Learning Objectives: At the conclusion of the workshop, the participant will be able to: (1) define the role of convergent and divergent multiple control in the teaching of language objectives; (2) define the role of intraverbal control and autoclitic frames in the establishment of verbal conditional discriminations; (3) sequence language objectives along a continuum of stimulus control complexity.
Activities: The workshop theoretical and applied objectives will be achieved through a balanced use of spoken lecture and video demonstrations.
Audience: Advanced
Content Area: Practice
Instruction Level: Advanced
Keyword(s): autoclitic frames, conditional discriminations, intraverbal control, multiple control
 
Workshop #W92
CE Offered: PSY/BACB
Derived Stimulus Relations: Understanding Equivalence and RFT
Saturday, May 28, 2016
4:00 PM–7:00 PM
Alpine, Swissotel
Area: VRB/TPC; Domain: Theory
CE Instructor: Timothy M. Weil, Ph.D.
TIMOTHY M. WEIL (Tandem Behavioral Health & Wellness)
Description: Derived stimulus relations is a topic that has been around for awhile but is recently growing in interest with both scientists and practitioners of behavior analysis. There is a great deal of basic behavior analytic research supporting the emergence of derived relations which is currently extending into the applied research domain. Equivalence in particular has been accepted as a necessary topic for behavior analysts as can be seen with its inclusion in the fourth edition of the BACB Task List. Students and practitioners will benefit from this workshop in its basic level, and focus on providing a link from theory to practice. This workshop will gently start with the theoretical system of radical behaviorism/functional contextualism and move towards understanding through presentation on basic and applied research.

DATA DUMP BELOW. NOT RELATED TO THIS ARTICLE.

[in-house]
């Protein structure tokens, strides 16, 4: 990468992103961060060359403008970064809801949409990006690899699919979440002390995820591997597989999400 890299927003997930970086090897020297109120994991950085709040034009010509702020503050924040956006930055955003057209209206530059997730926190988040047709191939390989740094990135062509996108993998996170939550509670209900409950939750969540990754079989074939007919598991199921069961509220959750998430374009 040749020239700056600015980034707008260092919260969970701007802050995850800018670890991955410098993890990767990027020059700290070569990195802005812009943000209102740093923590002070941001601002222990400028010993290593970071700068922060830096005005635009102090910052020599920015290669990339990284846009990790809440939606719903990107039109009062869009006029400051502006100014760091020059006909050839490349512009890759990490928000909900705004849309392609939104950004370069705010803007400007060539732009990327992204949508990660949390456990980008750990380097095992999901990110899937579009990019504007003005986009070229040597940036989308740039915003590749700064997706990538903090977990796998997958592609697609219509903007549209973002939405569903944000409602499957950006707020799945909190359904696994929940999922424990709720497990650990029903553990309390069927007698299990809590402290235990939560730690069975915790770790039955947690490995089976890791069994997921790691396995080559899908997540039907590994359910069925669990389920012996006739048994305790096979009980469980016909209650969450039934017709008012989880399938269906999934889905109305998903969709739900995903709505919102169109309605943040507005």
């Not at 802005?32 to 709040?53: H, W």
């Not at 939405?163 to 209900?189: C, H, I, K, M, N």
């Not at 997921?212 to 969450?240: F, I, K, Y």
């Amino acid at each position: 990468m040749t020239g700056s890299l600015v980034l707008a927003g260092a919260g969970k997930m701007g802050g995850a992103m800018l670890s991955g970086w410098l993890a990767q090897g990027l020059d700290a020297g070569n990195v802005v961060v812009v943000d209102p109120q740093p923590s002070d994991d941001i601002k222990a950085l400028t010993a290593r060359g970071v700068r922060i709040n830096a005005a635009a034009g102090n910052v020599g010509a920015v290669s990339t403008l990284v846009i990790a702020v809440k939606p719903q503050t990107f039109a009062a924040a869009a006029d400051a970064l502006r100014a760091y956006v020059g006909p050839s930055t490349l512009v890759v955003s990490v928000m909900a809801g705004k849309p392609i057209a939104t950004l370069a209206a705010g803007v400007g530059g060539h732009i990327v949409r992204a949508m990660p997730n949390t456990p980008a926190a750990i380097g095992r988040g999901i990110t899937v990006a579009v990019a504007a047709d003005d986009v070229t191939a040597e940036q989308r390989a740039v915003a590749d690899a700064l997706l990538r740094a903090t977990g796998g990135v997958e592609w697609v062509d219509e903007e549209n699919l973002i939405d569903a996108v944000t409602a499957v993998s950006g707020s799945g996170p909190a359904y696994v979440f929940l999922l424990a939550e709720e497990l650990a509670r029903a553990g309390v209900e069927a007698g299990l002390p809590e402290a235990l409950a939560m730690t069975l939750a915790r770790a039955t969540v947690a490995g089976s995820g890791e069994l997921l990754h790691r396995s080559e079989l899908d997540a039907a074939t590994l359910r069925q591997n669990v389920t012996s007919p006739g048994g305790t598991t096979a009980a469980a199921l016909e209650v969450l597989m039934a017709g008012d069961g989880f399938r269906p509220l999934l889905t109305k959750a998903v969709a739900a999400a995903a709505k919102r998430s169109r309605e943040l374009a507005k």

Learning Objectives: At the conclusion of the workshop, the participant will be able to: (1) describe basic characteristics of stimulus equivalence; (2) describe basic characteristics of RFT and contrast these with stimulus equivalence; (3) describe transformation of stimulus function as a process and identify its crucial outcomes; (4) diagram relational networks and identify transformation of function via myriad relations as a first step towards inclusion in their programming.
Activities: Instructional strategies will include lecture and discussion of derived stimulus relations from theory to practice. Small group break out periods will occur as interteach sessions in an effort to facilitate understanding of the material.
Audience: This workshop will be focused on the basic level to ensure all who participate receive a solid foundation in understanding of derived stimulus relations and the implications of this approach. Although delivered at the basic level, this topic is seemingly a tough one for first timers, thus a concerted effort will be made to deliver the information in a consumable manner by those who know little to nothing of the topic.
Content Area: Theory